When people have been traumatized, they’re often reluctant to talk to the media. There are ways of getting them to open up, though, and of showing them the value in sharing their story.
I talked with five journalists who have interviewed sexual assault victims, people with mental illnesses and parents who have lost children. Here are 10 tips from them.
If you are a non-profit who works with people facing tough challenges or who have been traumatized in some way, yet you want to share their stories, then these 10 tips from journalists you may find helpful.
But those of us who have been around storytelling as a dynamic meaning-making process know that these 10 tips do not deal with the real issues involved here.
For example, people's ability to share their story about a difficult issue evolves over time. At first they may only be able to tell you a tiny piece of the story. Or share a piece of 'black humor' about what happened. Eventually they may be able to tell more of the story, depending on their own healing process. So if you use these tips and expect to get the whole enchilada, be respectful and adjust your expectations. Don't push. You may do more damage than good.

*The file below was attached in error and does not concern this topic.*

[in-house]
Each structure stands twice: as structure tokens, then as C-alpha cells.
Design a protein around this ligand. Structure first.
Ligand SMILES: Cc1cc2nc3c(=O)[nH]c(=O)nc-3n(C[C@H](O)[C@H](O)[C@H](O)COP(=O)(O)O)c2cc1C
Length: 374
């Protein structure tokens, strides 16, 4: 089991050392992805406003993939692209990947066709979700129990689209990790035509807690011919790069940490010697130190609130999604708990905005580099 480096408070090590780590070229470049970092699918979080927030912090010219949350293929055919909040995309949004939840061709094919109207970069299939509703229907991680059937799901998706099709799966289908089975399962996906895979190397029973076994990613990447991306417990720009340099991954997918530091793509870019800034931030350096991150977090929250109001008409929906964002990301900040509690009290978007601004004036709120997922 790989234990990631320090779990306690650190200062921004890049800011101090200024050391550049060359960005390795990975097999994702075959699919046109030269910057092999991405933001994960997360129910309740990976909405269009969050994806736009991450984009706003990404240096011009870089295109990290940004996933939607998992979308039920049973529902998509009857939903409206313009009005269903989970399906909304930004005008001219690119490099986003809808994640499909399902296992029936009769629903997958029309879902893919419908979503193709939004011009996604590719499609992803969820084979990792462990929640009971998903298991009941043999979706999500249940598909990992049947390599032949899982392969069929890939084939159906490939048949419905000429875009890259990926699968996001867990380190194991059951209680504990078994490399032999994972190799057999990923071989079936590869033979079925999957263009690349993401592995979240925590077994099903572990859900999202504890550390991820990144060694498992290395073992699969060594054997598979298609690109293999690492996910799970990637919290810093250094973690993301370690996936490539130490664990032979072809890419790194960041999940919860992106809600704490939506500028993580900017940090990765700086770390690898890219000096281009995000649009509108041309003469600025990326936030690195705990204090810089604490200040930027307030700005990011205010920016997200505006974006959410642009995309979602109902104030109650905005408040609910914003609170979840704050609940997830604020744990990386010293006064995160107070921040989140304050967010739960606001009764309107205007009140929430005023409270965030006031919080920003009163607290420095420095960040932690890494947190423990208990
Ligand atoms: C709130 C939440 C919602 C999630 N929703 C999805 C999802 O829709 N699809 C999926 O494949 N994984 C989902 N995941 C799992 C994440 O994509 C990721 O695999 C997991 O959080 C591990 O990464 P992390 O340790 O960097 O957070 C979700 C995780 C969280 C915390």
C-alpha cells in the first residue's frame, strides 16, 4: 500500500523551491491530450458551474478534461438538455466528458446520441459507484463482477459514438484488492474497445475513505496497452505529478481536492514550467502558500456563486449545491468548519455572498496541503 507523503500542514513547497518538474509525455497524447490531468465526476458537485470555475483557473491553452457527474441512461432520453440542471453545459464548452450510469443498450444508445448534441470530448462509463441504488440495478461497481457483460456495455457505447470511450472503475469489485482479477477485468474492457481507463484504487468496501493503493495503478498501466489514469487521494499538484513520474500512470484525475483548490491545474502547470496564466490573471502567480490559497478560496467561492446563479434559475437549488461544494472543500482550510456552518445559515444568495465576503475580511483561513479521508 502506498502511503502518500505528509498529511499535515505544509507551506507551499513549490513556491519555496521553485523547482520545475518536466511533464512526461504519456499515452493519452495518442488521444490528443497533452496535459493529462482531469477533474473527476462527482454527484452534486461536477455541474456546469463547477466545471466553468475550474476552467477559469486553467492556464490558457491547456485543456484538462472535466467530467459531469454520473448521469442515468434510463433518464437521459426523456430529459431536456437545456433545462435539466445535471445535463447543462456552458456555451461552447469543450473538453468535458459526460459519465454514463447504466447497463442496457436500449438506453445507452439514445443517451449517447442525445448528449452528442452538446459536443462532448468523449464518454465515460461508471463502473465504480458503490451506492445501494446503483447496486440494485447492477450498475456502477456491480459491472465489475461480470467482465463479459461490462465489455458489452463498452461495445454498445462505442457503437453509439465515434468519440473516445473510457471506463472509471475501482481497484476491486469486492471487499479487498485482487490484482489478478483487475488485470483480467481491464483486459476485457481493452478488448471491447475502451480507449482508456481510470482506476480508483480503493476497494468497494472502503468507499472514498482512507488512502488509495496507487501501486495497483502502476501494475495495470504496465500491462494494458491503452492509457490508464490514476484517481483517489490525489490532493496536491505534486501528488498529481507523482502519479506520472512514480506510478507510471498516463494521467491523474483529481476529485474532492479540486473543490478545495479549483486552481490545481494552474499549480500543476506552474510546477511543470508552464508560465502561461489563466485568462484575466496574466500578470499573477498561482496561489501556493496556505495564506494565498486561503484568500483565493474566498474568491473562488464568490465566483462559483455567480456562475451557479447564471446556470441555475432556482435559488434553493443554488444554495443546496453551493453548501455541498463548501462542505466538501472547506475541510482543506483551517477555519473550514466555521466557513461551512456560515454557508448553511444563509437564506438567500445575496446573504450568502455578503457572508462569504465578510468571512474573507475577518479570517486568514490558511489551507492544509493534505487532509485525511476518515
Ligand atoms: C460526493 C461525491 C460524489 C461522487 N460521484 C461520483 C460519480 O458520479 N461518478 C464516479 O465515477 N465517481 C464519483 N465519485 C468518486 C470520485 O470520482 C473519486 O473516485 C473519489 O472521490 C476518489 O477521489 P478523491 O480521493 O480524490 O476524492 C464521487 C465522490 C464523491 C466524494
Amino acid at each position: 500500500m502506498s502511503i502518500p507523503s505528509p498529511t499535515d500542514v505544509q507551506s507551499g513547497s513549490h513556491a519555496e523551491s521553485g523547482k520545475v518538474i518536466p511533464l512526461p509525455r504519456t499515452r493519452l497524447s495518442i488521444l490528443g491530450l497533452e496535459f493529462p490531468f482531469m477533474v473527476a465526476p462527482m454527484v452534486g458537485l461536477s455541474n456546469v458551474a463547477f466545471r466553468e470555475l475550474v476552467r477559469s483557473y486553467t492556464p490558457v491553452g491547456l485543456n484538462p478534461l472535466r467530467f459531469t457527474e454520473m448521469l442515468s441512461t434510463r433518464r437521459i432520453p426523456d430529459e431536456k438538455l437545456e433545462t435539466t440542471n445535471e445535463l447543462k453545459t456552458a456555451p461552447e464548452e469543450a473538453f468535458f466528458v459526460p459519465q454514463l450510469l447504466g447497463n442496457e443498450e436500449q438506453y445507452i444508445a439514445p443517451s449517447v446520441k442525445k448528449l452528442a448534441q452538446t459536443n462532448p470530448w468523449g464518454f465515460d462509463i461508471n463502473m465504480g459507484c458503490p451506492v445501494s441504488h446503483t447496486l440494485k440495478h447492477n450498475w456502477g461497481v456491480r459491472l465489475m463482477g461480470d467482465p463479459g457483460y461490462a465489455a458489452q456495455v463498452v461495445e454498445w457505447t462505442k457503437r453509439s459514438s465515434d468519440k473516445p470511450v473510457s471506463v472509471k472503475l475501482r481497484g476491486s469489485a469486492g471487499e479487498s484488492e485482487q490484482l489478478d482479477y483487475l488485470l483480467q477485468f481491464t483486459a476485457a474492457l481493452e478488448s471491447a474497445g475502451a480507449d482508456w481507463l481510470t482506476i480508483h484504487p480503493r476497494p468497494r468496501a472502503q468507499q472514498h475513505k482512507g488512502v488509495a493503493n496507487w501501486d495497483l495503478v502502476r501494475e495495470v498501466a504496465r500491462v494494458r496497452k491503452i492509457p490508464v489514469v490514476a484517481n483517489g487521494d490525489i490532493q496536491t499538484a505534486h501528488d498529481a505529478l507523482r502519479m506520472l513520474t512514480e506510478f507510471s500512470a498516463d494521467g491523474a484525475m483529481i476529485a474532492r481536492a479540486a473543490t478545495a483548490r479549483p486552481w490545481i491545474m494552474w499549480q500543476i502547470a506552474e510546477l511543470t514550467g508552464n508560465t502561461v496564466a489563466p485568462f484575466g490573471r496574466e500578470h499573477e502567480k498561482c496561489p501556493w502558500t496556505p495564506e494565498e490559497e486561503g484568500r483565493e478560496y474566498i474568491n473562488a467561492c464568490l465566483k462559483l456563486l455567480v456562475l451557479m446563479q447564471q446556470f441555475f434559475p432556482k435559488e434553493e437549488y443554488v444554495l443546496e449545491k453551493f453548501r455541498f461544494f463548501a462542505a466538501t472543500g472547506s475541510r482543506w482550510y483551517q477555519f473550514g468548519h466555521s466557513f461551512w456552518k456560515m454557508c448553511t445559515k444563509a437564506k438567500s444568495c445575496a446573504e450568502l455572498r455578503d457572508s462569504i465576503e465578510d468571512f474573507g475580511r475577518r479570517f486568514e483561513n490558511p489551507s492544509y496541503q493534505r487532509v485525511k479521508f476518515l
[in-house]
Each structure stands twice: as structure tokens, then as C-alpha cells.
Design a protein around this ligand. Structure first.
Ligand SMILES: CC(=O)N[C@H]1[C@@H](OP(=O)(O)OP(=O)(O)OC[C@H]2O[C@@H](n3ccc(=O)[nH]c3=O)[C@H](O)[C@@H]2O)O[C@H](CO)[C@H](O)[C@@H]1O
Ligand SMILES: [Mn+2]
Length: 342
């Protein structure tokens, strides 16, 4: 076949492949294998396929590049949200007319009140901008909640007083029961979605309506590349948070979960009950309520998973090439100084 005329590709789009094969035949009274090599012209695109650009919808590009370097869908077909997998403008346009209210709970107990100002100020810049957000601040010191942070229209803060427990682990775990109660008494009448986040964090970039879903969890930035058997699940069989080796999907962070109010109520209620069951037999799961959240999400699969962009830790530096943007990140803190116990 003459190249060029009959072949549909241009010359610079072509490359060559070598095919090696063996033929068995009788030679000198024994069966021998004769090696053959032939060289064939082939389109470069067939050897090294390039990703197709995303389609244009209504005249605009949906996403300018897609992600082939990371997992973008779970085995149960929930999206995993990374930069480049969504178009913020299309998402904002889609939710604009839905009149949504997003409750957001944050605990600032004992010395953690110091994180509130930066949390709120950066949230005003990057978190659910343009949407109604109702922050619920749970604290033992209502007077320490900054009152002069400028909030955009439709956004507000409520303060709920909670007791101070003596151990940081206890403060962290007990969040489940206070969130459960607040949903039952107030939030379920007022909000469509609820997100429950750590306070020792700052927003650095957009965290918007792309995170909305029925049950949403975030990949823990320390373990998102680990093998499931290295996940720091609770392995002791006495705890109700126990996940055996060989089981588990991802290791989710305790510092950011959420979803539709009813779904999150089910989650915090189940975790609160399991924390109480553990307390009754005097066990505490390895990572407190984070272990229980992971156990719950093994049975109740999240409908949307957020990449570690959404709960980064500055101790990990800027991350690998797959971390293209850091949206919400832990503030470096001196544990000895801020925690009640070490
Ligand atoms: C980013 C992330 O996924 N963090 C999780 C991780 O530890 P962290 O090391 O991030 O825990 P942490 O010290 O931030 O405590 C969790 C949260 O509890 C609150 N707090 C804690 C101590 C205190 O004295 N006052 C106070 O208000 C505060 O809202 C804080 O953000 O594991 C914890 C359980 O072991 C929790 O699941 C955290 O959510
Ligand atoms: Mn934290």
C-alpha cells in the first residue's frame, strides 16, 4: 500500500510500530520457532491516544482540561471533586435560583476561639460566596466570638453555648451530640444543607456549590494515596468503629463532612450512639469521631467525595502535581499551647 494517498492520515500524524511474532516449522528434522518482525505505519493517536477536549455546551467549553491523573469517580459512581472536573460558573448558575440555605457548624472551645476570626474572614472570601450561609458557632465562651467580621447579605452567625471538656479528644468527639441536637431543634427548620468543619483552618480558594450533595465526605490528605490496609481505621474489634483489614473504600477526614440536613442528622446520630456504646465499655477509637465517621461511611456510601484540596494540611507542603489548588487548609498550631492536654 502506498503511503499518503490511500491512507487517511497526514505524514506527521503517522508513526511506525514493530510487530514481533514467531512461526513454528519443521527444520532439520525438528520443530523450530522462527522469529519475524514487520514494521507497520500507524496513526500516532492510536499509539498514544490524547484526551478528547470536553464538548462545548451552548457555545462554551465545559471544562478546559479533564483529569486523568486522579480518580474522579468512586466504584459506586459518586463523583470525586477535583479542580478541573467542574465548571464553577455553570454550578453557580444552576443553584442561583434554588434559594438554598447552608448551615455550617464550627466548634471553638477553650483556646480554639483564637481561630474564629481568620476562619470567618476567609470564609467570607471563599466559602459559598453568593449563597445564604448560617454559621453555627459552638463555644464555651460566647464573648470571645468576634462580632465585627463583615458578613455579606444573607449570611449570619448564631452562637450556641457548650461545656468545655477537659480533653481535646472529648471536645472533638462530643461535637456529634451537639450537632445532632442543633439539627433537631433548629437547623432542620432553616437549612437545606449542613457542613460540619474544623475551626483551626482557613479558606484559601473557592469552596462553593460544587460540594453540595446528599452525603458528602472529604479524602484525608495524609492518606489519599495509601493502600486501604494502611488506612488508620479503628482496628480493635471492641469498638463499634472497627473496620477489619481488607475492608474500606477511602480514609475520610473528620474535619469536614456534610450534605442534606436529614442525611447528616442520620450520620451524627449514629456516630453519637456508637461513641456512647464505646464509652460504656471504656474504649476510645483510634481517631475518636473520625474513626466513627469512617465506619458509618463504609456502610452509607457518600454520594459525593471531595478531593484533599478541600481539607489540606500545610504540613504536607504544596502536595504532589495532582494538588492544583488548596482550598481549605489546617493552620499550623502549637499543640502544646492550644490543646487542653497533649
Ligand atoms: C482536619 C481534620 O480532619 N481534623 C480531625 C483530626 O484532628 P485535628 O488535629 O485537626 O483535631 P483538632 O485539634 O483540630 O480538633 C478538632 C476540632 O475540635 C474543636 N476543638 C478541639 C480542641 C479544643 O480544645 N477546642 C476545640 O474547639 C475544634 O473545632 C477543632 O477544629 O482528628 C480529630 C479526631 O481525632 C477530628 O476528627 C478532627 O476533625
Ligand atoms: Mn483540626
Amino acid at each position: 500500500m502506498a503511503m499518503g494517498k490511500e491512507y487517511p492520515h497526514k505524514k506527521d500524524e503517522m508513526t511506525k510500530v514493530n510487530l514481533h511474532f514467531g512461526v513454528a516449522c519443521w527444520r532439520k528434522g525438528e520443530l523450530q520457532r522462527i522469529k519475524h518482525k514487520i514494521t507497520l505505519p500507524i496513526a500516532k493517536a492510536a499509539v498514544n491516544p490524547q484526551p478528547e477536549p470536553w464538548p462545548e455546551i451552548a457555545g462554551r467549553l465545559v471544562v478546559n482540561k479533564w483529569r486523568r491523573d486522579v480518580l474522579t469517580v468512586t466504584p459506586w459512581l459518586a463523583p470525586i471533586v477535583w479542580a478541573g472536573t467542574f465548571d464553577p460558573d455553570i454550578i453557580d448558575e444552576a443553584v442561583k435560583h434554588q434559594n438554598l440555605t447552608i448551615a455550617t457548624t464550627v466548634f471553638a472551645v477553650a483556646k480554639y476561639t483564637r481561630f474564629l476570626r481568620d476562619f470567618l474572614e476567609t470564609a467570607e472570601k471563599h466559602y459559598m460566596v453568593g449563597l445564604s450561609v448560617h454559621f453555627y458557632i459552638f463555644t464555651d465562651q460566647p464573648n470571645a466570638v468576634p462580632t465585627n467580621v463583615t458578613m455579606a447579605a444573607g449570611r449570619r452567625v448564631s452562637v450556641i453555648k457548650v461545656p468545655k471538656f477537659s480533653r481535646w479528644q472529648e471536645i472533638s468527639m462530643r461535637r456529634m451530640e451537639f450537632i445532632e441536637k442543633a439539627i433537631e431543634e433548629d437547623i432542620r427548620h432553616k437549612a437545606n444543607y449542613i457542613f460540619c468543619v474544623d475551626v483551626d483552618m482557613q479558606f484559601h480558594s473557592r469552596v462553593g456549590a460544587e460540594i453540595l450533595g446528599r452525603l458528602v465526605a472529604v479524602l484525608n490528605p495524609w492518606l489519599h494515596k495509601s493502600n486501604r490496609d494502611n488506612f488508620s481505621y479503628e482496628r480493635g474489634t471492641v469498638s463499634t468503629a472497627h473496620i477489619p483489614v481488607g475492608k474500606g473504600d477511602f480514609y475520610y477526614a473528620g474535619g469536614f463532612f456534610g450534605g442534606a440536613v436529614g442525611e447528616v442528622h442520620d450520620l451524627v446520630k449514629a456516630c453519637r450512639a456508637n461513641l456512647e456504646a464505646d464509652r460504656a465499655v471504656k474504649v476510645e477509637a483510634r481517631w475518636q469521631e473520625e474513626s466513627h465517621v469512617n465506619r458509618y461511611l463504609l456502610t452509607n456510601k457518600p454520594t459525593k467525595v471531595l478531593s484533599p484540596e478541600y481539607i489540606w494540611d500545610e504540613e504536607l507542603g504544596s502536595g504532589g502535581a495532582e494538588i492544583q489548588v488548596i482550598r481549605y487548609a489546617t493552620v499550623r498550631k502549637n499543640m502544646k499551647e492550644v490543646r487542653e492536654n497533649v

And who they share their story with depends on the level of trust and intimacy they share with a person. Personal stories -- particularly stories of trauma -- can be characterized as stories you share with strangers on the front porch, stories you share in the living room when some trust has developed, and back-room stories that you feel comfortable sharing with your most intimate friends or partners.
Expecting someone to share a back-room story with you when you are a stranger to them means you are totally clueless. The result could be resistence or even more trauma.
So what is a non-profit to do?
Well, take these 10 tips in hand, but bring your understanding about people's ability to share their story to your work. And then work with the front porch to back-room story types so you know better what kinds of stories to ask for and when.
Wishing you good story gathering experiences!
This review was written by Karen Dietz for her curated content on business storytelling at www.scoop.it/t/just-story-it